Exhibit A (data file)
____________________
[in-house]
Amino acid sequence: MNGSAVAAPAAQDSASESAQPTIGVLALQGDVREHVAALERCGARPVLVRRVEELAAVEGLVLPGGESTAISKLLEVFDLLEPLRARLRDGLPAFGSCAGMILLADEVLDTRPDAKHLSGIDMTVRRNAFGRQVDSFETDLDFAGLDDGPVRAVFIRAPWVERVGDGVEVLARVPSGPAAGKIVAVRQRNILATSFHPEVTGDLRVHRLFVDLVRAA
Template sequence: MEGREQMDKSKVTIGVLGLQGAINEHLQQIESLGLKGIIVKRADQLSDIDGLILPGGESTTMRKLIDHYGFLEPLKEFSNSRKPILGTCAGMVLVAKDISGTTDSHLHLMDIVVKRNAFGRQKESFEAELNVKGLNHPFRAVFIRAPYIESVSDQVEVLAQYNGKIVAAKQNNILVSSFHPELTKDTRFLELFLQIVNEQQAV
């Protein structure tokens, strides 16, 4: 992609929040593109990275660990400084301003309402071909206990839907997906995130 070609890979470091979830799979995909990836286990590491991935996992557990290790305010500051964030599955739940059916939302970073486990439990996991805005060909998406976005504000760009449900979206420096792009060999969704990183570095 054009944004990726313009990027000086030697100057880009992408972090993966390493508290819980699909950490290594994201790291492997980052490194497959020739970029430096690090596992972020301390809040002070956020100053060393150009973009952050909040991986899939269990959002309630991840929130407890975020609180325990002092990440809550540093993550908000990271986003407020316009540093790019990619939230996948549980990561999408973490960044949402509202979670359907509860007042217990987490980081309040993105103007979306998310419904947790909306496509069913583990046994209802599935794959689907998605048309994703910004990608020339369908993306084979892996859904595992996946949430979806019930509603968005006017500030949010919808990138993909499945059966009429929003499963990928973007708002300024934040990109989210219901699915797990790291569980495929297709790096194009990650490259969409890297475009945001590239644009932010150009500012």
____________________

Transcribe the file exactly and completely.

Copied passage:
[in-house]
Amino acid sequence: MNGSAVAAPAAQDSASESAQPTIGVLALQGDVREHVAALERCGARPVLVRRVEELAAVEGLVLPGGESTAISKLLEVFDLLEPLRARLRDGLPAFGSCAGMILLADEVLDTRPDAKHLSGIDMTVRRNAFGRQVDSFETDLDFAGLDDGPVRAVFIRAPWVERVGDGVEVLARVPSGPAAGKIVAVRQRNILATSFHPEVTGDLRVHRLFVDLVRAA
Template sequence: MEGREQMDKSKVTIGVLGLQGAINEHLQQIESLGLKGIIVKRADQLSDIDGLILPGGESTTMRKLIDHYGFLEPLKEFSNSRKPILGTCAGMVLVAKDISGTTDSHLHLMDIVVKRNAFGRQKESFEAELNVKGLNHPFRAVFIRAPYIESVSDQVEVLAQYNGKIVAAKQNNILVSSFHPELTKDTRFLELFLQIVNEQQAV
């Protein structure tokens, strides 16, 4: 992609929040593109990275660990400084301003309402071909206990839907997906995130 070609890979470091979830799979995909990836286990590491991935996992557990290790305010500051964030599955739940059916939302970073486990439990996991805005060909998406976005504000760009449900979206420096792009060999969704990183570095 054009944004990726313009990027000086030697100057880009992408972090993966390493508290819980699909950490290594994201790291492997980052490194497959020739970029430096690090596992972020301390809040002070956020100053060393150009973009952050909040991986899939269990959002309630991840929130407890975020609180325990002092990440809550540093993550908000990271986003407020316009540093790019990619939230996948549980990561999408973490960044949402509202979670359907509860007042217990987490980081309040993105103007979306998310419904947790909306496509069913583990046994209802599935794959689907998605048309994703910004990608020339369908993306084979892996859904595992996946949430979806019930509603968005006017500030949010919808990138993909499945059966009429929003499963990928973007708002300024934040990109989210219901699915797990790291569980495929297709790096194009990650490259969409890297475009945001590239644009932010150009500012």